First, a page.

* Written by Chuck Ranberg * Directed by Matthew Lombardo * Starring Jim J. Bullock and David Drake * 47th Street Theatre, New York City (open run)

Seven guys sharing a house on Fire Island for the summer -- it’s a setup that has spun off an entire subgenre of gay plays and novels complete with its own conventions and cliches. There will be a Whitman’s sampler of types including the New Kid, the House Mother, the Aging Queen, the New Age Airhead, the Neurotic Chub, and the Stud who naturally gets the Twink whom everyone lusts for. There will be heavy drinking, drugging, cruising, catfights, many changes of outfits, and jokes about Calvin Klein. Call it “Boys in the Band on the Beach.”

*End of the World Party* comes with a higher pedigree than usual, since it was written by Chuck Ranberg, a longtime TV writer who has won five Emmy Awards for his work on *Frasier*. Steering straight into every single cliche that comes with the territory, Ranberg perfectly balances calculated laugh-lines and high-speed confrontations with wistful moments of nostalgia or sentiment and eruptions of public-service didacticism. As theater art, it’s no threat to Tom Stoppard. But as sitcom writing, it’s impressively efficient.

Matthew Lombardo’s production is a mixed bag. The staging is crude, and half the performances are soap-opera shallow. The best actors put flesh and bones on stick-figure stereotypes. Jim J. Bullock makes himself at home as hard-drinking Hunter. Admiring a hunk on the beach, he sighs, “I wish God had given me a six-pack.” “He did,” someone else says. “You drank it.” I also admired how much life and dimension Anthony Barrile brought to his insecure, sexually compulsive character, Will. Checking himself in the mirror for the umpteenth time, he muses, “Self-esteem...I wish I deserved it.”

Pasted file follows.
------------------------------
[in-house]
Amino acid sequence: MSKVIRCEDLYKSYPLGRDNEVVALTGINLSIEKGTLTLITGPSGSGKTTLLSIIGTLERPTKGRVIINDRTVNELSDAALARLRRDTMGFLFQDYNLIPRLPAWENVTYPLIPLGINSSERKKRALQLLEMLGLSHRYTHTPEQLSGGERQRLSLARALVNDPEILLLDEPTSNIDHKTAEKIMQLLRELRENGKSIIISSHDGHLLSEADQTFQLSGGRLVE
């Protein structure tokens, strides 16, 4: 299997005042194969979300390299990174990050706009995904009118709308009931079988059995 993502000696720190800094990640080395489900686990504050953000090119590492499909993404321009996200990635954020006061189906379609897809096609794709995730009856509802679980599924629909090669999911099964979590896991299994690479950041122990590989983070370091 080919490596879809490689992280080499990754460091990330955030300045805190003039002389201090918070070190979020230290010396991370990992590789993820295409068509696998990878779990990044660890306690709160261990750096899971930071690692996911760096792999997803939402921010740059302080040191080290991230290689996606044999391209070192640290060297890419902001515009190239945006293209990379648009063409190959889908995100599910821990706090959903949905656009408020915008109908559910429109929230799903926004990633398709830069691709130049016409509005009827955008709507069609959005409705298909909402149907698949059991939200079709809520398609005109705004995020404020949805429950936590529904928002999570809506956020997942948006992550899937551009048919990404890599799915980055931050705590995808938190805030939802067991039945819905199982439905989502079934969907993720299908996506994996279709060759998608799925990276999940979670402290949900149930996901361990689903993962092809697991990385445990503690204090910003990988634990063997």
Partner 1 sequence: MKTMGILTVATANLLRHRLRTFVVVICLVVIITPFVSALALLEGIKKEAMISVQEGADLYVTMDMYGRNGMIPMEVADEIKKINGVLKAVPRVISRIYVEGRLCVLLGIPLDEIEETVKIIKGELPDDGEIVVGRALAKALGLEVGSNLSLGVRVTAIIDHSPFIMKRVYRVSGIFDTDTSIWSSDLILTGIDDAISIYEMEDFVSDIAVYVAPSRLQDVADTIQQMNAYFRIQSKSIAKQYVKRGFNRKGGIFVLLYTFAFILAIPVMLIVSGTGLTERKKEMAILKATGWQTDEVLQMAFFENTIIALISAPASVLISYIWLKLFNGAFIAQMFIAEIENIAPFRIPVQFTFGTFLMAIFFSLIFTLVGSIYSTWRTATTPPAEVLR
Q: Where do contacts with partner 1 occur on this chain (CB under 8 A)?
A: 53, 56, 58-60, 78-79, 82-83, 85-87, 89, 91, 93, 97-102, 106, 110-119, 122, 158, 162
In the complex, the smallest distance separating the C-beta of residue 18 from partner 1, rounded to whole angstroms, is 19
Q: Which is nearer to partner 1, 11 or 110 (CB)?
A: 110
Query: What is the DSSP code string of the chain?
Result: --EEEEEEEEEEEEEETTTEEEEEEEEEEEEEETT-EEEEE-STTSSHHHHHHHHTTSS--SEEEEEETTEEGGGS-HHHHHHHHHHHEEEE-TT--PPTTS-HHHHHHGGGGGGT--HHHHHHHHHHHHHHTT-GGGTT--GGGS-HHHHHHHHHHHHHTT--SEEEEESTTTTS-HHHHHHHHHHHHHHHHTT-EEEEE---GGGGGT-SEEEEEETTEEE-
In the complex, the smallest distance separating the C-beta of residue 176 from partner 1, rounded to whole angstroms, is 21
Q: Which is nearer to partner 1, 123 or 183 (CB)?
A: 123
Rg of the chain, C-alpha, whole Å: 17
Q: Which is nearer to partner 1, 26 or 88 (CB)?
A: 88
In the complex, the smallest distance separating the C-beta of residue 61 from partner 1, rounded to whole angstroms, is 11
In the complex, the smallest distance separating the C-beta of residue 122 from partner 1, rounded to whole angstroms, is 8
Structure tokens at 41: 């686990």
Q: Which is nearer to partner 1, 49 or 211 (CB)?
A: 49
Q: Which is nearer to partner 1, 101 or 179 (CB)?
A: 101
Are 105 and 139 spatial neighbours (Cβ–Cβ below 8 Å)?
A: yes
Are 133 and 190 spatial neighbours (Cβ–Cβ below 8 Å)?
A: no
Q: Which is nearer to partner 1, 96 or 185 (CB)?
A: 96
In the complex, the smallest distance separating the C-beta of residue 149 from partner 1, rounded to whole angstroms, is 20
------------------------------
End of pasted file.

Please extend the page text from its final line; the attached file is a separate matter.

The appeal of shows like *End of the World Party*, which has settled in for a long run in New York, has as much to do with the feeling in the audience as what’s going on onstage. Seasons on Fire Island are as artificial as TV sitcoms anyway. We like them because they allow us to fill in our own memories of joy, grief, or foolishness. And since we’ve all spent years watching TV shows that pore over the trivia of straight people’s lives, it’s fun to watch a gay version for a change.

The Advocate, February 13, 2001

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